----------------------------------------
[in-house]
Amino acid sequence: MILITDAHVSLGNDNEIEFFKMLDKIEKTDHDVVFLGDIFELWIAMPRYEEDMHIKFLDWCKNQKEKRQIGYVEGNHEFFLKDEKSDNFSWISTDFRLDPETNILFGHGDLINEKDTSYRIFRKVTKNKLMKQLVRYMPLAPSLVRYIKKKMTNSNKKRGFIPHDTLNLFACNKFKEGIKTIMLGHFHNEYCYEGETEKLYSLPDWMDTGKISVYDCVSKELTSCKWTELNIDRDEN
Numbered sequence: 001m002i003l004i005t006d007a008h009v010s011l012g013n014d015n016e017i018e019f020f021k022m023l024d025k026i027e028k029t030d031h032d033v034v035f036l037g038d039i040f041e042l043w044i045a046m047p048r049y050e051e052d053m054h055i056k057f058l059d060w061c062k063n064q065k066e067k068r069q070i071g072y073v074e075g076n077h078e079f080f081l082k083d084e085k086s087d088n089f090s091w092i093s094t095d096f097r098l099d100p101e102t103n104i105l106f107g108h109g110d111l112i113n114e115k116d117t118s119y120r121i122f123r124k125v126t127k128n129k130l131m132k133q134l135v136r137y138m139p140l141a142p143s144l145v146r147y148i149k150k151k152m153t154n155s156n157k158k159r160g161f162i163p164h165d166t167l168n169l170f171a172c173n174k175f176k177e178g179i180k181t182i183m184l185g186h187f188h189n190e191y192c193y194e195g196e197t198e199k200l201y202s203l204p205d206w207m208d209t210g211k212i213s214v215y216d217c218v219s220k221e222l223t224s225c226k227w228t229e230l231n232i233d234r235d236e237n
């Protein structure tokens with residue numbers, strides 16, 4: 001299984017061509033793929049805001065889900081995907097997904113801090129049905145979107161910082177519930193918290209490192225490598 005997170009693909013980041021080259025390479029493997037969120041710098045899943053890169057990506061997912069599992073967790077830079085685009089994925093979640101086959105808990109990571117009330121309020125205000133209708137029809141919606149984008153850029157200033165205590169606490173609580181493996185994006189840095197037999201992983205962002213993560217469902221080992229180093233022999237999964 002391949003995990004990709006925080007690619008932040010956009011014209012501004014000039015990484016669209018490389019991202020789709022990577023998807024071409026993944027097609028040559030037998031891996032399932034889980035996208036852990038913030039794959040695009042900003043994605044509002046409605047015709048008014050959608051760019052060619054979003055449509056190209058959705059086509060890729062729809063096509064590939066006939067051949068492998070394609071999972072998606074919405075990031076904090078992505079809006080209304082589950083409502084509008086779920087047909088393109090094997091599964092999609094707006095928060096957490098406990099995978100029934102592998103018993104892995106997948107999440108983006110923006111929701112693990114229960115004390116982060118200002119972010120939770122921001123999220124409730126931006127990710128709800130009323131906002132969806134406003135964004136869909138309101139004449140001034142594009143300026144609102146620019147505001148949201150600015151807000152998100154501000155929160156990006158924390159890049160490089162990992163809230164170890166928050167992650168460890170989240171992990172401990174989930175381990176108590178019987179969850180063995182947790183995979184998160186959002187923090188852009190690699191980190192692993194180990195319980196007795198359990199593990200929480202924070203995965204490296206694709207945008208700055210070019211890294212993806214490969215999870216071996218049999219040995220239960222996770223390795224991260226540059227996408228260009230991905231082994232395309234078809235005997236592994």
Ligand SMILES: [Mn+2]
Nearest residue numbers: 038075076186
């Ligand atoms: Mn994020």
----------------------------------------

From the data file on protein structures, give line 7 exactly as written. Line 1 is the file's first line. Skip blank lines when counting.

């Ligand atoms: Mn994020």